"You're looking for what works best. Every day's different," he said. "Speed, depth, color, direction -- sometimes they won't take it if you're going the wrong way. Today [the surface] is pretty flat, but it's usually better when there's a little chop. Generally when you find a couple, if you work that spot you'll get more, and whatever's working will work for the rest of the day."

Over the past five years, lake trout fishing has gotten better, said Campbell, a trend he attributes to a stocking program now coordinated by U.S. Fish and Wildlife Service, and the catch-and-release preference of most anglers.

Lake trout and brook trout are the only trout native to Pennsylvania waters. Lake trout exist naturally in Lake Erie and Susquehanna County's Silver Lake. They have been planted in Harvey's Lake (Luzerne County), Raystown Lake (Huntingdon) and Allegheny Reservoir (Warren).

In Lake Erie, more than 200,000 yearlings of several strains were stocked annually in the 1990s, but the number was cut to 120,000 due to concerns about a shortage of forage fishes and relaxed sea lamprey controls. Lamprey controls have been tightened but their population continues to spike. Tell-tale sea lamprey suction marks are common on lake trout.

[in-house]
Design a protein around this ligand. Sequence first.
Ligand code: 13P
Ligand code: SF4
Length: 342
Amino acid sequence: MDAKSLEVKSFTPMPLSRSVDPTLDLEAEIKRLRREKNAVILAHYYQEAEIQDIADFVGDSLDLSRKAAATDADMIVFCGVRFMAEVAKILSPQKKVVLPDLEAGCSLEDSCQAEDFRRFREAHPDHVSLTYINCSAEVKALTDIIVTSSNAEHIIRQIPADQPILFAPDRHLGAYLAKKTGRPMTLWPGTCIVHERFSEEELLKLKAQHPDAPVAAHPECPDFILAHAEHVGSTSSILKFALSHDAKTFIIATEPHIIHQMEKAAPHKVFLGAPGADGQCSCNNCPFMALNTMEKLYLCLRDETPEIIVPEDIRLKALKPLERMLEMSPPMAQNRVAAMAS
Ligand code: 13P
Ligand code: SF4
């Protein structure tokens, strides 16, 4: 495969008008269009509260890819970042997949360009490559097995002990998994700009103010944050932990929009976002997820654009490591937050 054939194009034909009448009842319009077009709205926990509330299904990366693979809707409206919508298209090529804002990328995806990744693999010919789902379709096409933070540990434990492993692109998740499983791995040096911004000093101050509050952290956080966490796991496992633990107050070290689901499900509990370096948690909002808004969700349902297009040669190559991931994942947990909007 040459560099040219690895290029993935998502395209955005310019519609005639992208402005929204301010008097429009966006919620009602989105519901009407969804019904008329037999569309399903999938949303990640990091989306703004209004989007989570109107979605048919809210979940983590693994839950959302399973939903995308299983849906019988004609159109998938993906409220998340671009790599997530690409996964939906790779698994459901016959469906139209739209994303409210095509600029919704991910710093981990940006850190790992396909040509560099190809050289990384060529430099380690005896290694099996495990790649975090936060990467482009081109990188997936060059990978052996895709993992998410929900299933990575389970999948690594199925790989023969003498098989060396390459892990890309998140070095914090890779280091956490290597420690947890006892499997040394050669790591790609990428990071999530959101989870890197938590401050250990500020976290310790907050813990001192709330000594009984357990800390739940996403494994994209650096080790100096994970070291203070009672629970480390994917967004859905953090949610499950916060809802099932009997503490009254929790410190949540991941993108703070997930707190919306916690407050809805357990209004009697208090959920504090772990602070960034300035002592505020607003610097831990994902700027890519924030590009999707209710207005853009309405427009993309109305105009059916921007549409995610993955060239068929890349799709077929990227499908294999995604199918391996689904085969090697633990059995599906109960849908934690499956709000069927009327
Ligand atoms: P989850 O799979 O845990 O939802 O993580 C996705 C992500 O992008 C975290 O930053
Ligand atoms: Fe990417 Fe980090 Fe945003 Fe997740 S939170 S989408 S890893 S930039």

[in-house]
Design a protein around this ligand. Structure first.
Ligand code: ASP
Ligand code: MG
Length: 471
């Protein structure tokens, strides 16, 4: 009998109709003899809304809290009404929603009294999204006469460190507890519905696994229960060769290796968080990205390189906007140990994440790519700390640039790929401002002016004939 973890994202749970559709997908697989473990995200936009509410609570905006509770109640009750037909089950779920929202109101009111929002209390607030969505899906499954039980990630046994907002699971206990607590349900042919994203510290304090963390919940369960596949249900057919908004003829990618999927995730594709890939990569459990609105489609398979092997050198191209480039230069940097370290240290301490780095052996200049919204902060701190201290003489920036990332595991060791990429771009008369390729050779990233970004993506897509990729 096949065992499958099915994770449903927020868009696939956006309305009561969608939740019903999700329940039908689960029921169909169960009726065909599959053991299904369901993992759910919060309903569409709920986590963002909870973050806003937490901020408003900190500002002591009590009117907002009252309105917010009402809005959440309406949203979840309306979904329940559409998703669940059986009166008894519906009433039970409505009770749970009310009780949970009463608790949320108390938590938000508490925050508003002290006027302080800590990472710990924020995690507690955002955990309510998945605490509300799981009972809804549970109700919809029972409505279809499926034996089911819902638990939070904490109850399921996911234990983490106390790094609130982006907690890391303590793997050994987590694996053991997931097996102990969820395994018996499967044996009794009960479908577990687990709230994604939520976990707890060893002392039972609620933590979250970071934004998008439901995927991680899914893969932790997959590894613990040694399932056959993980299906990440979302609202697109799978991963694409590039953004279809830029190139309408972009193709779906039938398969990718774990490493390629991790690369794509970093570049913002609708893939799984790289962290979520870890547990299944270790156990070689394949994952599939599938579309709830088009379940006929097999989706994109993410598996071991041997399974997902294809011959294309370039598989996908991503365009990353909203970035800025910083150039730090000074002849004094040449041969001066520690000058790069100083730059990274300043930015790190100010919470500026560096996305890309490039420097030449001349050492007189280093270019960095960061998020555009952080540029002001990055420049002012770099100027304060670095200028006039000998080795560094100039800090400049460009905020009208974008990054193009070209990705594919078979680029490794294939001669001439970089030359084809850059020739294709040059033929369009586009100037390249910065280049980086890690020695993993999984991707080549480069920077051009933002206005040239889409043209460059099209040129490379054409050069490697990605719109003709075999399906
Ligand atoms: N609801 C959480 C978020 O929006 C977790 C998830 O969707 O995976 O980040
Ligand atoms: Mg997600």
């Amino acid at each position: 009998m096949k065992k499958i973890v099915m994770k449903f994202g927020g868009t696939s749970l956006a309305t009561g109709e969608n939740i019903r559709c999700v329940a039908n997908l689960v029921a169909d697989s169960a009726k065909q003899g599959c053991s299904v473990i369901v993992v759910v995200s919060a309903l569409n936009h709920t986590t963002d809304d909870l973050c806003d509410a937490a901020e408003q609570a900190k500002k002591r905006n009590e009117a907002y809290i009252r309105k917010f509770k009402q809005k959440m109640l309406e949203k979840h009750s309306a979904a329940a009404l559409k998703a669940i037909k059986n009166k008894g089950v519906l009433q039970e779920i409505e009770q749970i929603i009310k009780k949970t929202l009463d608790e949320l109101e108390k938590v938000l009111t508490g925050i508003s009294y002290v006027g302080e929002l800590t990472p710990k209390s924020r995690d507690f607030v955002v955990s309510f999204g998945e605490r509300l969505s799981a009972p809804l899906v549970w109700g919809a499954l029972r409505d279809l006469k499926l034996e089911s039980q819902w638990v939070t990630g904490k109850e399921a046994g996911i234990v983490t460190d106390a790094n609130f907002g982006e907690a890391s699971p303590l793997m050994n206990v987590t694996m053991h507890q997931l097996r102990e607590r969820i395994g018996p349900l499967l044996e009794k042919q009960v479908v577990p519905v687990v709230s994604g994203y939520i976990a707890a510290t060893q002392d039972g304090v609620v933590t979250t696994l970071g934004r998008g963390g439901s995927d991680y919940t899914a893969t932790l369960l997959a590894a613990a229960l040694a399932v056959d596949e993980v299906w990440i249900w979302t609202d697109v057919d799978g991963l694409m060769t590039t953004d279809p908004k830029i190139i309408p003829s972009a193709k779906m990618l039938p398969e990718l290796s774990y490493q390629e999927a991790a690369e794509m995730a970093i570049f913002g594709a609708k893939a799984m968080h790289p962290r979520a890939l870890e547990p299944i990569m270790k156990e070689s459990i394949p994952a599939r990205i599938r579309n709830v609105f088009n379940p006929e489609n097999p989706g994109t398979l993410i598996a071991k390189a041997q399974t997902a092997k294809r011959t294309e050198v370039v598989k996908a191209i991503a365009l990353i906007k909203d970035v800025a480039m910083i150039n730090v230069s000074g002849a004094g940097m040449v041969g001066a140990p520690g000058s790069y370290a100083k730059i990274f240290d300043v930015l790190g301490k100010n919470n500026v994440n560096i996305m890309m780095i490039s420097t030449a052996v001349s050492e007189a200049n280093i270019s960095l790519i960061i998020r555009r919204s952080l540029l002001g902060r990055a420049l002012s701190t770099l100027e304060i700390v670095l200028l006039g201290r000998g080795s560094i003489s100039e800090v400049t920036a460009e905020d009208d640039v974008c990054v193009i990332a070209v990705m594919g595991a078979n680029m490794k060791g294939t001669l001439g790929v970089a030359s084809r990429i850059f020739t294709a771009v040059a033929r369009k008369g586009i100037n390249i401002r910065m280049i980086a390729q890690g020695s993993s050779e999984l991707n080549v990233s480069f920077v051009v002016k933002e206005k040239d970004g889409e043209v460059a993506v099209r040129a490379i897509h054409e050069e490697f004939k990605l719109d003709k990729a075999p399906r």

A March 2014 report by the interstate and provincial Lake Erie Coldwater Task Group found lake trout struggling to survive the virtually unchecked expansion of the invasive sea lamprey. In 2012, 260,040 yearling lake trout were stocked in Lake Erie. Young fish age 1 to 5 years dominate typical angler catches while big bruisers of 10 years and older are caught sporadically. The number of adults age 5 and older increased in 2013 to an all-time high that nevertheless remains below the project's goals.

"Recent estimates indicate very low rates of adult survival," said the report. "Natural reproduction has not been documented in Lake Erie despite more than 30 years of restoration efforts."

The problem is sea lampreys, which prefer to target large adult lake trout and steelhead. According to the report, the lamprey wounding rate on lake trout was 14.3 wounds per 100 fish in 2013, a 42 percent increase from the 2012 wounding rate and a 73 percent increase over the previous two years.

Recreational fishing impact is virtually nonexistent. Despite a Pennsylvania harvest limit of two per day, very few lake trout are intentionally killed.

"Angler harvest of lake trout in Lake Erie remains very low," said the Coldwater Task Group report. "Approximately 824 were harvested in New York waters out of an estimated catch of 1,805 in 2013. An estimated harvest of 176 lake trout occurred in Pennsylvania water in 2013."

Campbell said most of his clients are happy to throw them back.

"I've been pushing the lake trout charters at the outdoors shows, and more people are showing an interest," he said. "It's something different. I believe the more interest, the more attention will be given to these fish."

Reel Obsession can be reached at www.ErieCharters-ReelObsession.com, 412-612-7506.